In addition, it should be remembered that respondent was present throughout the commission of this crime. No one knows better than he what the deported witnesses actually said to him, or in his presence, that might bear upon whether he knew that Romero-Morales was an illegal alien who had entered the country within the past three years. And, in light of the actual charge made in the indictment, it was only the status of Romero-Morales which was relevant to the defense. Romero-Morales, of course, remained fully available for examination by the defendant and his attorney. We thus conclude that the respondent can establish no Sixth Amendment violation without making some plausible explanation of the assistance he would have received from the testimony of the deported witnesses.
Having borrowed much of our reasoning with respect to the Compulsory Process Clause of the Sixth Amendment from cases involving the Due Process Clause of the Fifth Amendment, we have little difficulty holding that at least the same materiality requirement obtains with respect to a due process claim. Due process guarantees that a criminal defendant will be treated with "that fundamental fairness essential to the very concept of justice. In order to declare a denial of it we must find that the absence of that fairness fatally infected the trial; the acts complained of must be of such quality as necessarily prevents a fair trial." Lisenba v. California, 314 U.S. 219, 236 (1941). In another setting, we recognized that Jencks Act violations, wherein the Government withholds evidence required by statute to be disclosed, rise to the level of due process violations only when they so infect the fairness of the trial as to make it "more a spectacle or trial by ordeal than a disciplined contest." United States v. Augenblick, 393 U.S. 348, 356 (1969) (citations omitted). Such an absence of fairness is not made out by the Government's deportation of the witnesses in this case unless there is some explanation of how their testimony would have been favorable and material. See United States v. Lovasco, 431 U.S. 783 (1977); United States v. Marion, 404 U.S. 307 (1971).
To summarize, the responsibility of the Executive Branch faithfully to execute the immigration policy adopted by Congress justifies the prompt deportation of illegal-alien witnesses upon the Executive's good-faith determination that they possess no evidence favorable to the defendant in a criminal prosecution. The mere fact that the Government
Because prompt deportation deprives the defendant of an opportunity to interview the witnesses to determine precisely what favorable evidence they possess, however, the defendant cannot be expected to render a detailed description of their lost testimony. But this does not, as the Court of Appeals concluded, relieve the defendant of the duty to make some showing of materiality. Sanctions may be imposed on the Government for deporting witnesses only if the criminal defendant makes a plausible showing that the testimony of the deported witnesses would have been material and favorable to his defense, in ways not merely cumulative to the testimony of available witnesses. In some cases such a showing may be based upon agreed facts, and will be in the nature of a legal argument rather than a submission of additional facts. In other cases the criminal defendant may advance additional facts, either consistent with facts already known to the court or accompanied by a reasonable explanation for their inconsistency with such facts, with a view to persuading the court that the testimony of a deported witness would have been material and favorable to his defense.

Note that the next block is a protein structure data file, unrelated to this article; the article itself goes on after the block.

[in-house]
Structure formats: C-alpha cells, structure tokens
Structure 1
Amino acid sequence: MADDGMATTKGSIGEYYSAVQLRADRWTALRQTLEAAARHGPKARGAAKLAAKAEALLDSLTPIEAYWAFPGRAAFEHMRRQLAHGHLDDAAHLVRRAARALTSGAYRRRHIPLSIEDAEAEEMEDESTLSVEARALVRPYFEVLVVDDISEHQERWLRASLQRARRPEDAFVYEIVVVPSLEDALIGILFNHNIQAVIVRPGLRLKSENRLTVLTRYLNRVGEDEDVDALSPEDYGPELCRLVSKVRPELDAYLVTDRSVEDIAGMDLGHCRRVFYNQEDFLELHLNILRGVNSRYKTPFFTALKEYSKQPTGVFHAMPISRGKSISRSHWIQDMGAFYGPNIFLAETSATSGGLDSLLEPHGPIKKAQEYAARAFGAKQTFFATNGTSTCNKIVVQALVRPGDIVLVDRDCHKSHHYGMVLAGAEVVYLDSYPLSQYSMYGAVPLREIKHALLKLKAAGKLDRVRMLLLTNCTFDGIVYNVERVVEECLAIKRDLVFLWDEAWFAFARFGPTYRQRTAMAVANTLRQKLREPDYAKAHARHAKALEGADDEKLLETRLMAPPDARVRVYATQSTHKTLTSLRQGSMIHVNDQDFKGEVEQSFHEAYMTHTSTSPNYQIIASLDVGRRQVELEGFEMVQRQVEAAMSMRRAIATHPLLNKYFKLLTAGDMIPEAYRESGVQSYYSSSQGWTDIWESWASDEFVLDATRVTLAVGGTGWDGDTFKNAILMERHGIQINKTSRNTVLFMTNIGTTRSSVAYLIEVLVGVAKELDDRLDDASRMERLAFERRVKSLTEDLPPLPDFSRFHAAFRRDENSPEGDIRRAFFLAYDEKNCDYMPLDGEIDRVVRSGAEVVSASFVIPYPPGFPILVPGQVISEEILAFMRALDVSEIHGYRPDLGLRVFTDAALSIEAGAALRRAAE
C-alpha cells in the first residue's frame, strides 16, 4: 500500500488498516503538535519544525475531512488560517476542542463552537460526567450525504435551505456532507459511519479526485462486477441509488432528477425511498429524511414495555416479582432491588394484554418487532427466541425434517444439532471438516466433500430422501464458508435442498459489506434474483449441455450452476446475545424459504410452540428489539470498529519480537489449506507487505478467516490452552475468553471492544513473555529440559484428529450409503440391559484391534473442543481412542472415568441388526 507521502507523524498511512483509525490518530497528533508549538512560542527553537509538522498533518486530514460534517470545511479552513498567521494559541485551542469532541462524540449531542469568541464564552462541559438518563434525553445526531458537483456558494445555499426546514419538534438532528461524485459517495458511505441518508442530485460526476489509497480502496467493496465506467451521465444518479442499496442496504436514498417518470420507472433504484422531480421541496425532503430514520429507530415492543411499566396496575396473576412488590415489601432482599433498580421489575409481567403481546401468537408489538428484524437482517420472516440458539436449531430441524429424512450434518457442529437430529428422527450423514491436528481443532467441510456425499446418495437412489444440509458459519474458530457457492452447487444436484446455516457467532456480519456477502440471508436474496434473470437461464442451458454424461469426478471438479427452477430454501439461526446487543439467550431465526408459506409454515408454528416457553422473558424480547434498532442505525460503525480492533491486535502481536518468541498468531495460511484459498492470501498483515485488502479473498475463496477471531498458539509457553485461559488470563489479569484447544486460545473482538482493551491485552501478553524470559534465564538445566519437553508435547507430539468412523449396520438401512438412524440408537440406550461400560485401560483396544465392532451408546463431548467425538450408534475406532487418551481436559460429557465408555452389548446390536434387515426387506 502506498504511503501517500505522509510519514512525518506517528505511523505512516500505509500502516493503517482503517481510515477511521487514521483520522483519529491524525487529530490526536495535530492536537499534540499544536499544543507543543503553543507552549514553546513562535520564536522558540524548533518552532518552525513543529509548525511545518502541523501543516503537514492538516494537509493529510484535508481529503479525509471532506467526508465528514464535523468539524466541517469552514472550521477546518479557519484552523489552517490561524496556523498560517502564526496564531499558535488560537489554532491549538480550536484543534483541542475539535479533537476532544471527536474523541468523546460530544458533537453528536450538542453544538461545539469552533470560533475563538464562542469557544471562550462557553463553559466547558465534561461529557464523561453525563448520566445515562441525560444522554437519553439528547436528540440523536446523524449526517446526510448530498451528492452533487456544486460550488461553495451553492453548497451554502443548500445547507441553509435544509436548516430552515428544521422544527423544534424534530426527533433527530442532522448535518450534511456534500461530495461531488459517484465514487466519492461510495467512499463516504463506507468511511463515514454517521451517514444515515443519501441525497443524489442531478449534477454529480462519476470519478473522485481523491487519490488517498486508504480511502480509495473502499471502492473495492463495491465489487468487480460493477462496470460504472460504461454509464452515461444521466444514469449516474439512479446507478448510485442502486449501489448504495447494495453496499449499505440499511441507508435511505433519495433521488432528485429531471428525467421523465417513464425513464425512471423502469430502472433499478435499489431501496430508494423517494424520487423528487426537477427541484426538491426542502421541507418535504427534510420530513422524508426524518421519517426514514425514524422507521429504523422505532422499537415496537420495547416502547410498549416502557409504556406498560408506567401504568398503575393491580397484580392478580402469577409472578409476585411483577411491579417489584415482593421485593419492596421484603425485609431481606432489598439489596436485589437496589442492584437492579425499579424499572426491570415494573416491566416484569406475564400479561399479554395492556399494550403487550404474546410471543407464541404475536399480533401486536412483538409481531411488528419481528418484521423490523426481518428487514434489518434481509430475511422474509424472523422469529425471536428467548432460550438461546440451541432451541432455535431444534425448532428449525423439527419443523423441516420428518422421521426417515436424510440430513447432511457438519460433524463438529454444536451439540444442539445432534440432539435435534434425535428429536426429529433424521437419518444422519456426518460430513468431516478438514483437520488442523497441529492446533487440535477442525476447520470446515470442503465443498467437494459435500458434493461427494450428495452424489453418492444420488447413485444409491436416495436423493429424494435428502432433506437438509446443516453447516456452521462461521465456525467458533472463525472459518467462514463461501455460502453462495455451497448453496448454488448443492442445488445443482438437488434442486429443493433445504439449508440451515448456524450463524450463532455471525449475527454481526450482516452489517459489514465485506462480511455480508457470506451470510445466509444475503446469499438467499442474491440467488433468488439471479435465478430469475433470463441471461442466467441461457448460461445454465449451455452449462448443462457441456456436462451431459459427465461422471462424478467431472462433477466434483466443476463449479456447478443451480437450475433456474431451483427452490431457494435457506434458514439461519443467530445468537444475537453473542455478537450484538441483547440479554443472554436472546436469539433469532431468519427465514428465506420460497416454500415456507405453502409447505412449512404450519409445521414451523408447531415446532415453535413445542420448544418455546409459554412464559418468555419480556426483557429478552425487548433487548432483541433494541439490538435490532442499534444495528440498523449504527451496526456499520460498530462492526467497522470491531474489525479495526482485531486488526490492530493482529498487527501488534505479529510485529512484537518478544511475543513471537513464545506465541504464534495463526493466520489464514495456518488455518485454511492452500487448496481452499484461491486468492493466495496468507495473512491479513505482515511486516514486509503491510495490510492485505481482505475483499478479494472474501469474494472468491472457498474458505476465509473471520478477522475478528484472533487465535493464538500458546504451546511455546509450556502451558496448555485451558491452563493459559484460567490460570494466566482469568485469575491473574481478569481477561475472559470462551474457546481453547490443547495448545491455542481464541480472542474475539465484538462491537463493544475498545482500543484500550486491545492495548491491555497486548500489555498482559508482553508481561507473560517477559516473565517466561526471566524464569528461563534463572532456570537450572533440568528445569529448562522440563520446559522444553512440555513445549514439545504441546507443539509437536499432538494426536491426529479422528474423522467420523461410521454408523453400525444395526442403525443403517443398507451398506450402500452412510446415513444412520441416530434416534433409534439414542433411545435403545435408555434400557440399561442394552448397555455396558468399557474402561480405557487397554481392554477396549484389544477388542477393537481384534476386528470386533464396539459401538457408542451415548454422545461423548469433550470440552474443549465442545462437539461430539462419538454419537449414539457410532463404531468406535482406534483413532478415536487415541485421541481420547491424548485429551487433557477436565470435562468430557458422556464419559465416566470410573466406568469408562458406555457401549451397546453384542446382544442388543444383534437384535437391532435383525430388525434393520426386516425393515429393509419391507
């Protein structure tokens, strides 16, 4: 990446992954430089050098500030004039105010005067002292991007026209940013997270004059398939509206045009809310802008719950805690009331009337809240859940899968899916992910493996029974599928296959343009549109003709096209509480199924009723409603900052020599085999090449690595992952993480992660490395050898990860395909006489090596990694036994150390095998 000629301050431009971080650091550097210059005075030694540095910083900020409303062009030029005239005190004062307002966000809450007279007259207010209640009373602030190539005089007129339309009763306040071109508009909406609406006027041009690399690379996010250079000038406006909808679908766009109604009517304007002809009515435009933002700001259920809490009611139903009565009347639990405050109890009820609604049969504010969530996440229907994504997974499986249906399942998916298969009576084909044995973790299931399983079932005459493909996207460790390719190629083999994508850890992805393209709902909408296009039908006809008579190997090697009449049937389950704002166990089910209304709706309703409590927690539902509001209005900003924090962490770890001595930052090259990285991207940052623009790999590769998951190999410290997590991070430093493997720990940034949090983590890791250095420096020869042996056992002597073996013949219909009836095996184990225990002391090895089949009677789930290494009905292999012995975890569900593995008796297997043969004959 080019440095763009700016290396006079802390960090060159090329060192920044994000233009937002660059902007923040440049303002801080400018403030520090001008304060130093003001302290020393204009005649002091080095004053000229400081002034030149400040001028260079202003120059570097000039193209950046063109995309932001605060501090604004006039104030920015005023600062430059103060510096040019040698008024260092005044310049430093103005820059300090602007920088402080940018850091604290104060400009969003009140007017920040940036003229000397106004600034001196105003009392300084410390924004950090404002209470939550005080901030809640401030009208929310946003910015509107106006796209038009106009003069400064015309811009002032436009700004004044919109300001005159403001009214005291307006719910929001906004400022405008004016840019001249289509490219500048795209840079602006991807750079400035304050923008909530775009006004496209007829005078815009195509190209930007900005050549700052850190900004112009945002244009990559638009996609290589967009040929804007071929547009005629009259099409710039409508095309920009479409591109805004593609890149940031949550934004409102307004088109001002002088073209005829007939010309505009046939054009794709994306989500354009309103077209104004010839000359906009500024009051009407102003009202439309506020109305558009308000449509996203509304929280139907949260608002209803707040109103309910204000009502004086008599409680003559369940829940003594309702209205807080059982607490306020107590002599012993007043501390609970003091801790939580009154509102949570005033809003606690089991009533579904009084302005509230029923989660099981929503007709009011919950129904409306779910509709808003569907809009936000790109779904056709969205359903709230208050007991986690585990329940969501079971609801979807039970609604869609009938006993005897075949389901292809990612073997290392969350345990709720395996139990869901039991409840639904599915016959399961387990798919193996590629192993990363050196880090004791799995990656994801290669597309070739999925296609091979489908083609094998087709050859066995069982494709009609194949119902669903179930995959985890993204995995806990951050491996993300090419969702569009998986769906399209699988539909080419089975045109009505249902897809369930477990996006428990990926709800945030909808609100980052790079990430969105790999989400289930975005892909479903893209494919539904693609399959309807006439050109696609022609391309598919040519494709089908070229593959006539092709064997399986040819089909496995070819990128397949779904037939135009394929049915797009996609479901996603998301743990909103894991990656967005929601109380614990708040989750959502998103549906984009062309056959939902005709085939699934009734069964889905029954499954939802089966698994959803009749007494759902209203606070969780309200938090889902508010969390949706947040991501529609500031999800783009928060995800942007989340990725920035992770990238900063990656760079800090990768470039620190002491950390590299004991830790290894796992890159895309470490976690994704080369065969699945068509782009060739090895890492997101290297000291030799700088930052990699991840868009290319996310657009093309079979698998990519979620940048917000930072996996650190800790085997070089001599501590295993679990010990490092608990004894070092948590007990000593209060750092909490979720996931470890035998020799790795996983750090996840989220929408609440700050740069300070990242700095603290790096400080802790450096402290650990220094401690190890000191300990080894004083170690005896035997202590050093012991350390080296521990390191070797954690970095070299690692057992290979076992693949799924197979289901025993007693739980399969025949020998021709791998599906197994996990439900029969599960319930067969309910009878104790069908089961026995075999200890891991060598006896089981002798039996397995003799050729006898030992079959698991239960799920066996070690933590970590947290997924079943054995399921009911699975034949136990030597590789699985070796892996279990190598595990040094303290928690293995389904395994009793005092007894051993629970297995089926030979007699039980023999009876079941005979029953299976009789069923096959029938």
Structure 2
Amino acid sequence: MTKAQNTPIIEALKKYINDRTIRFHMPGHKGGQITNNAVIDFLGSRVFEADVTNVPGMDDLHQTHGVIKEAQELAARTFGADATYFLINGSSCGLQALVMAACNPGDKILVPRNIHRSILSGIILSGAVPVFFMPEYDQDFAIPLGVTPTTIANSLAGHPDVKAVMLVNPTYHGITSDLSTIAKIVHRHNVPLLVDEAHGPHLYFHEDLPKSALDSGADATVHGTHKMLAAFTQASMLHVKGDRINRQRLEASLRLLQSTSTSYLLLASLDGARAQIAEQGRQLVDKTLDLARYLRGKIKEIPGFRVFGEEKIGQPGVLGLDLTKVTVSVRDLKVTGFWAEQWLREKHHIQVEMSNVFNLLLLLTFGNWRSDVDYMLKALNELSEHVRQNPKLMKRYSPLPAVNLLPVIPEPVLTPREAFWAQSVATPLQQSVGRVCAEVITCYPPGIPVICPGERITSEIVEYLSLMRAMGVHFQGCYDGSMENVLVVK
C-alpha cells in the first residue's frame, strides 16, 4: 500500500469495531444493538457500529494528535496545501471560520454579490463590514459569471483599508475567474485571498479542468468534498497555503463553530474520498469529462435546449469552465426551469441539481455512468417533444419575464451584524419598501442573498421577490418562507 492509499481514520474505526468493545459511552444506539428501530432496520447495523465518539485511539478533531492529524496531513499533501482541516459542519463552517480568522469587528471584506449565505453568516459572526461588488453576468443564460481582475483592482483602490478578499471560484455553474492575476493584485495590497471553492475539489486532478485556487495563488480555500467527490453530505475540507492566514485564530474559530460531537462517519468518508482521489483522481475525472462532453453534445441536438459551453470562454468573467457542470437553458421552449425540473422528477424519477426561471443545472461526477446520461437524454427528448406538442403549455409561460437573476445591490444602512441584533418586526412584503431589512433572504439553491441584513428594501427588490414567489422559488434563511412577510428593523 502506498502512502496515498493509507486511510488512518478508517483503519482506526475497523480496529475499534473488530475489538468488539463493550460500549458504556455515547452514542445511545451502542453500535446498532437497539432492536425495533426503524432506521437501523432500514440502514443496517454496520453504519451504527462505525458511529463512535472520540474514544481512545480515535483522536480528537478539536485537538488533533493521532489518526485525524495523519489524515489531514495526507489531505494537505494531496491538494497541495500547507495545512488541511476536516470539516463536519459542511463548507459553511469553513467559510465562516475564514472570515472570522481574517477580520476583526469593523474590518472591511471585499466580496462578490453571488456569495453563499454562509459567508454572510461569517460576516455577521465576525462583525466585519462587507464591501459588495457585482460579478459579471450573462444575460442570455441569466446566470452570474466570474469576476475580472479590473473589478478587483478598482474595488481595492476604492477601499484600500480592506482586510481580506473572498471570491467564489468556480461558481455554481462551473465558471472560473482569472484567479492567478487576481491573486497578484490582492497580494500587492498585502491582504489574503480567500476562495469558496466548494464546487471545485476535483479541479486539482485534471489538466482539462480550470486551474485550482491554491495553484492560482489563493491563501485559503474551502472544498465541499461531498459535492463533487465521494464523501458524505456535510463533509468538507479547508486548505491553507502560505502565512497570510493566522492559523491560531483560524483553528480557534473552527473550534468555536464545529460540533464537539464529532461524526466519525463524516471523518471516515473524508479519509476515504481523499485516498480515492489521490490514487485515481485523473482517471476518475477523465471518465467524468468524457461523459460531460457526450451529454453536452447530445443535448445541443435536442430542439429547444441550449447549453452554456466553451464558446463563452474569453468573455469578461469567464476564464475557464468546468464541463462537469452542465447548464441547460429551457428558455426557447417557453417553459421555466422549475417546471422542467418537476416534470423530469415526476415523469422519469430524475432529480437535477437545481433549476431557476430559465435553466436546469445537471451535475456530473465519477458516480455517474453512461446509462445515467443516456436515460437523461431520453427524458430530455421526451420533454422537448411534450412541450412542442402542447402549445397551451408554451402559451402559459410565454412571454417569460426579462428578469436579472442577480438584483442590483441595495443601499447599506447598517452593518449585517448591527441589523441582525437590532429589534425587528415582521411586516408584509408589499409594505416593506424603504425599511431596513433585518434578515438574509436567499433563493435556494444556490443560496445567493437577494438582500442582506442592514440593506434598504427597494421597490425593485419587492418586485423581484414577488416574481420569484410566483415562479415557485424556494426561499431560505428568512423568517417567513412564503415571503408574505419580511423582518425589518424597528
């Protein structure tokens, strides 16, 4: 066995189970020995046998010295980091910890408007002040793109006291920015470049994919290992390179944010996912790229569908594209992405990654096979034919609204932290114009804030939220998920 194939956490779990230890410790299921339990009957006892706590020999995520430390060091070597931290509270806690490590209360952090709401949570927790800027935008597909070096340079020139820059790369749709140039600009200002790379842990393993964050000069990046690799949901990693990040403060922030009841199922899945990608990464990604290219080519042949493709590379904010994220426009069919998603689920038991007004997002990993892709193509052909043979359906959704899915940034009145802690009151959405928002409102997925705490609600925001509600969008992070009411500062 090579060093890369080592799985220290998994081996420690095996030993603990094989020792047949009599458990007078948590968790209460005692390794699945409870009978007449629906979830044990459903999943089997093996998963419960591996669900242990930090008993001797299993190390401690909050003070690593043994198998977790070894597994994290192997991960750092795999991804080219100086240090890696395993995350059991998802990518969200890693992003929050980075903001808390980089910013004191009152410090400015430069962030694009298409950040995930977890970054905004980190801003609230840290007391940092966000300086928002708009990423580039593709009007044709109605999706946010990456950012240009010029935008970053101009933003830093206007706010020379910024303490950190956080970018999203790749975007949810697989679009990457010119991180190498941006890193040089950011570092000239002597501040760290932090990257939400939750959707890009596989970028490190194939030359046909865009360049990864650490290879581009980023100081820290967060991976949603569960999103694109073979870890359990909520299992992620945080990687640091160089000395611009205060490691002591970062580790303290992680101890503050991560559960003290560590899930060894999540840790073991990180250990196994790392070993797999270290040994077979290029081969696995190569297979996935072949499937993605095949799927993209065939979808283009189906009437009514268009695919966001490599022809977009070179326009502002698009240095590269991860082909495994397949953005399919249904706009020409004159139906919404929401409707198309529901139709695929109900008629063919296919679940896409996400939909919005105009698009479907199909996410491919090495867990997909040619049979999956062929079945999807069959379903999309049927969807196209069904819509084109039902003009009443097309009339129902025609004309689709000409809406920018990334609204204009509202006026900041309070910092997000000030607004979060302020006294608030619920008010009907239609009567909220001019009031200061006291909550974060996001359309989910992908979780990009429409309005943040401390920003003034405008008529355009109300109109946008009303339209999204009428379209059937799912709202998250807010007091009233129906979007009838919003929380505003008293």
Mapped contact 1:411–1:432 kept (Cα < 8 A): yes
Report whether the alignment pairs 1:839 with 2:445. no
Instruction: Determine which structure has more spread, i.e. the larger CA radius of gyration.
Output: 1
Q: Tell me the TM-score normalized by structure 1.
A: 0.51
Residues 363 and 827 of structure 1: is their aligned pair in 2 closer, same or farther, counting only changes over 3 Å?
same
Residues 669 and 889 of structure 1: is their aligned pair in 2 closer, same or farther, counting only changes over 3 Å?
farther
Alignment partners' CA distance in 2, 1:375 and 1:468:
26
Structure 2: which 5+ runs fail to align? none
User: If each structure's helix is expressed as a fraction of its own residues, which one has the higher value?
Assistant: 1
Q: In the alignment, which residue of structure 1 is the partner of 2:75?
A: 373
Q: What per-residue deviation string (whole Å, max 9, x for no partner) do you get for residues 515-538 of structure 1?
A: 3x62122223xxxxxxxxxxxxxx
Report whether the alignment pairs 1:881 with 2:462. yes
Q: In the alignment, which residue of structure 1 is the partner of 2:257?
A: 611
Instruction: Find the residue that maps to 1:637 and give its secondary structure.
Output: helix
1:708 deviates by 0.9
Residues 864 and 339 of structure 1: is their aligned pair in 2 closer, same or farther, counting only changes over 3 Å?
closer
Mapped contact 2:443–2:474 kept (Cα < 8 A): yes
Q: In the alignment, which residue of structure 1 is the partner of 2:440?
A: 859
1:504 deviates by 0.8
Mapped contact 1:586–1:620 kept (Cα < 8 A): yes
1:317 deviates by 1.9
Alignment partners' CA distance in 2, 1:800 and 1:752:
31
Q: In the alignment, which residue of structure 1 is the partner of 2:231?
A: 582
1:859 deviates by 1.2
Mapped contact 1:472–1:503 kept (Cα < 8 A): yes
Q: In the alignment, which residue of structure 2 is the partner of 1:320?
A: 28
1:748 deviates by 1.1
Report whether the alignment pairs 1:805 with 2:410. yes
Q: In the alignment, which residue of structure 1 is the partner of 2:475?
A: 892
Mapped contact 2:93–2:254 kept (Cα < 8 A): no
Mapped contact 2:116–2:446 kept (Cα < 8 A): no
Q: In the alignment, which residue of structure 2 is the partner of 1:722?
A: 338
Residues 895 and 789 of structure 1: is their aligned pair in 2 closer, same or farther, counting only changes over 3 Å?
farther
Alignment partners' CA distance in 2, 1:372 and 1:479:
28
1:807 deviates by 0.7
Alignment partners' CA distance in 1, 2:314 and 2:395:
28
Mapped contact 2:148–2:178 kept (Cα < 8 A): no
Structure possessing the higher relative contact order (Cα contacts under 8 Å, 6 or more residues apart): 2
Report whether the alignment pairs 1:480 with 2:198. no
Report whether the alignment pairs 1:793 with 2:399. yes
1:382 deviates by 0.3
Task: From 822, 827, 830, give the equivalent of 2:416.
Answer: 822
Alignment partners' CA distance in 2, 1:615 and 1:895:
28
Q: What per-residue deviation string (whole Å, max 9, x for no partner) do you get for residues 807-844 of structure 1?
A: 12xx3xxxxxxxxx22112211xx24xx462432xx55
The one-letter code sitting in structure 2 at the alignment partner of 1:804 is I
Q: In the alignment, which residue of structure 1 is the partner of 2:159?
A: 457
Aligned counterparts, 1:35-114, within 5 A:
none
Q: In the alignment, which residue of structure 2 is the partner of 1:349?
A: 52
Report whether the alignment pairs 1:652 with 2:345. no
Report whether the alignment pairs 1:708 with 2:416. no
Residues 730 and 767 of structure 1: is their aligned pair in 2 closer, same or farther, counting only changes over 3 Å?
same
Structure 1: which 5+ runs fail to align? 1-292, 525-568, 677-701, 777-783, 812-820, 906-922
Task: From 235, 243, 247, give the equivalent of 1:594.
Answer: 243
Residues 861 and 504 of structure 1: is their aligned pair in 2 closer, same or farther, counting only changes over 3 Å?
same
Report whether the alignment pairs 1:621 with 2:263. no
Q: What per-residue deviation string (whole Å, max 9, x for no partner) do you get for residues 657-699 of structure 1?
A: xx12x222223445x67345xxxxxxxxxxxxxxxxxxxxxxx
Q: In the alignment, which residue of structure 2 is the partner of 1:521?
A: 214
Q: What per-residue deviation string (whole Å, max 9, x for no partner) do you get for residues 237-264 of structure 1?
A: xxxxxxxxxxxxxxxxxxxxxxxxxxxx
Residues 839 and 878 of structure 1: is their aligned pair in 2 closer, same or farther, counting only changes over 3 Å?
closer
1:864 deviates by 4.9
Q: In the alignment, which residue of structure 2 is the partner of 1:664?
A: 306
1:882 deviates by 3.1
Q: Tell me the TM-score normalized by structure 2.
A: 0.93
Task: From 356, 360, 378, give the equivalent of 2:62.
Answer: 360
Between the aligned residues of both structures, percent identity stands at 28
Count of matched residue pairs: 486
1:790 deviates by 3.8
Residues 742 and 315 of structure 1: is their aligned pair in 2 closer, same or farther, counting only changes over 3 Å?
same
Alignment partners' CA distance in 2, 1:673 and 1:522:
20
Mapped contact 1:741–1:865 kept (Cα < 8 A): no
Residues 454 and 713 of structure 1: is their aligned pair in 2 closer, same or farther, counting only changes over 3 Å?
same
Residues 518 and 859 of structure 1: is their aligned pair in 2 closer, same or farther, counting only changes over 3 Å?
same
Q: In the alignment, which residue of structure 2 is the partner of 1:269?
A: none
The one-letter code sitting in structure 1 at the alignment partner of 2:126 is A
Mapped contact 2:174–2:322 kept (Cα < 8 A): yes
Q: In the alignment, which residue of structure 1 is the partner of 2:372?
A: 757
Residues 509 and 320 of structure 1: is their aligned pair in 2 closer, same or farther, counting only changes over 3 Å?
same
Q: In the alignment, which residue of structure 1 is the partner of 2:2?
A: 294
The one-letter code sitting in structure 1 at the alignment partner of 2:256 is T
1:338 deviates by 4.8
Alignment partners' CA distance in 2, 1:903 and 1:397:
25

As in other cases concerning the loss of material evidence, sanctions will be warranted for deportation of alien witnesses
In this case the respondent made no effort to explain what material, favorable evidence the deported passengers would have provided for his defense. Under the principles set forth today, he therefore failed to establish a violation of the Fifth or Sixth Amendment, and the District Court did not err in denying his motion to dismiss the indictment. Accordingly, the judgment of the Court of Appeals is
JUSTICE BLACKMUN, concurring in the judgment.
I concur in the judgment of the Court essentially for the reasons set forth by Judge Roney, in writing for a panel of the former Fifth Circuit, in United States v. Avila-Dominguez, 610 F.2d 1266, 1269-1270, cert. denied sub nom. Perez v. United States, 449 U.S. 887 (1980). At least a "plausible theory" of how the testimony of the deported witnesses would be helpful to the defense must be offered. None was advanced here; therefore, the motion to dismiss the indictment was properly denied by the District Court.
In short, the right to compulsory process is essential to a fair trial. Today's decision, I fear, may not protect adequately the interests of the prosecution and the defense in a fair trial, and may encourage litigation over whether the defendant has made a "plausible showing that the testimony of the deported witnesses would have been material and favorable to his defense." Ante, at 873. A preferable approach would be to accommodate both the Government's interest in prompt deportation of illegal aliens and the defendant's need to interview alien witnesses in order to decide which of them can provide material evidence for the defense. Through a suitable standard, imposed on the federal courts under our supervisory powers, a practical accommodation can be reached without any increase in litigation.